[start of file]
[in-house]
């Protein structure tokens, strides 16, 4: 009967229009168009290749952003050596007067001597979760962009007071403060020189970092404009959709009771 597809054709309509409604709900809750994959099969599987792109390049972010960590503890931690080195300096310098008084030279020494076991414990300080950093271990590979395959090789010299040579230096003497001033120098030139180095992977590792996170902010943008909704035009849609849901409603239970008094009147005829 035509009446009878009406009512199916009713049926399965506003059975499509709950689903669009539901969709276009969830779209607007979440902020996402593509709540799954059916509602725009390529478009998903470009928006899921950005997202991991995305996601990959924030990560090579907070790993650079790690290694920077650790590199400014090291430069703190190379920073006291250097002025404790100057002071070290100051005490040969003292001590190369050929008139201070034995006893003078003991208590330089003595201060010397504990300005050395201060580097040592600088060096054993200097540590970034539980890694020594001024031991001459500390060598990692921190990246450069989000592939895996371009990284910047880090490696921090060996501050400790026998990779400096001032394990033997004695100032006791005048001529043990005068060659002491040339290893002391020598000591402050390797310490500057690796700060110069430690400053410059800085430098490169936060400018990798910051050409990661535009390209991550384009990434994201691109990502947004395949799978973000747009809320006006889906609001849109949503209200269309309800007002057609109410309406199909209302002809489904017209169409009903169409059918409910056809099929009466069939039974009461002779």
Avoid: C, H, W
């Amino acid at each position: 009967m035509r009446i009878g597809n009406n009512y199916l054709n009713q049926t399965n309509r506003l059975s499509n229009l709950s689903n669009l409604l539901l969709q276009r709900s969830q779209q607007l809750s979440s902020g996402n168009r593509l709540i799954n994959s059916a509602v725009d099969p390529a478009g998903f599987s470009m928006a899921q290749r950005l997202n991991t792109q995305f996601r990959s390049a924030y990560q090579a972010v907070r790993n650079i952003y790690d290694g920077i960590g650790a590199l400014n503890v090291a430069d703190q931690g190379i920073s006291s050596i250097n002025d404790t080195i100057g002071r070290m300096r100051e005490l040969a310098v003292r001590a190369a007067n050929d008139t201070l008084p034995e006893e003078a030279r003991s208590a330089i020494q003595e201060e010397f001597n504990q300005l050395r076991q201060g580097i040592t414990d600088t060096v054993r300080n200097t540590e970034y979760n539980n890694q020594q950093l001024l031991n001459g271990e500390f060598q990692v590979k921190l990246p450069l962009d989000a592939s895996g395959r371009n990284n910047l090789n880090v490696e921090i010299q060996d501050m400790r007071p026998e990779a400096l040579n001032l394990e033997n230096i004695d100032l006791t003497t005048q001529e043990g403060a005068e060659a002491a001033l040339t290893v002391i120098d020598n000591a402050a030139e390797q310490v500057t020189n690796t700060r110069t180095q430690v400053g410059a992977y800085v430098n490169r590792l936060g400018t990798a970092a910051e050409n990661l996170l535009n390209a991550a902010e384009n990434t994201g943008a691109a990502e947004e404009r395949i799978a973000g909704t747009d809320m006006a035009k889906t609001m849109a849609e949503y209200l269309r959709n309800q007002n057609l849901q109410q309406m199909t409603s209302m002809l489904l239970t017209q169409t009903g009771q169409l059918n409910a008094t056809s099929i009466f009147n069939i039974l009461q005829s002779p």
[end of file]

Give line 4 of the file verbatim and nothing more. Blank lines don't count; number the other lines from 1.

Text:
């Amino acid at each position: 009967m035509r009446i009878g597809n009406n009512y199916l054709n009713q049926t399965n309509r506003l059975s499509n229009l709950s689903n669009l409604l539901l969709q276009r709900s969830q779209q607007l809750s979440s902020g996402n168009r593509l709540i799954n994959s059916a509602v725009d099969p390529a478009g998903f599987s470009m928006a899921q290749r950005l997202n991991t792109q995305f996601r990959s390049a924030y990560q090579a972010v907070r790993n650079i952003y790690d290694g920077i960590g650790a590199l400014n503890v090291a430069d703190q931690g190379i920073s006291s050596i250097n002025d404790t080195i100057g002071r070290m300096r100051e005490l040969a310098v003292r001590a190369a007067n050929d008139t201070l008084p034995e006893e003078a030279r003991s208590a330089i020494q003595e201060e010397f001597n504990q300005l050395r076991q201060g580097i040592t414990d600088t060096v054993r300080n200097t540590e970034y979760n539980n890694q020594q950093l001024l031991n001459g271990e500390f060598q990692v590979k921190l990246p450069l962009d989000a592939s895996g395959r371009n990284n910047l090789n880090v490696e921090i010299q060996d501050m400790r007071p026998e990779a400096l040579n001032l394990e033997n230096i004695d100032l006791t003497t005048q001529e043990g403060a005068e060659a002491a001033l040339t290893v002391i120098d020598n000591a402050a030139e390797q310490v500057t020189n690796t700060r110069t180095q430690v400053g410059a992977y800085v430098n490169r590792l936060g400018t990798a970092a910051e050409n990661l996170l535009n390209a991550a902010e384009n990434t994201g943008a691109a990502e947004e404009r395949i799978a973000g909704t747009d809320m006006a035009k889906t609001m849109a849609e949503y209200l269309r959709n309800q007002n057609l849901q109410q309406m199909t409603s209302m002809l489904l239970t017209q169409t009903g009771q169409l059918n409910a008094t056809s099929i009466f009147n069939i039974l009461q005829s002779p």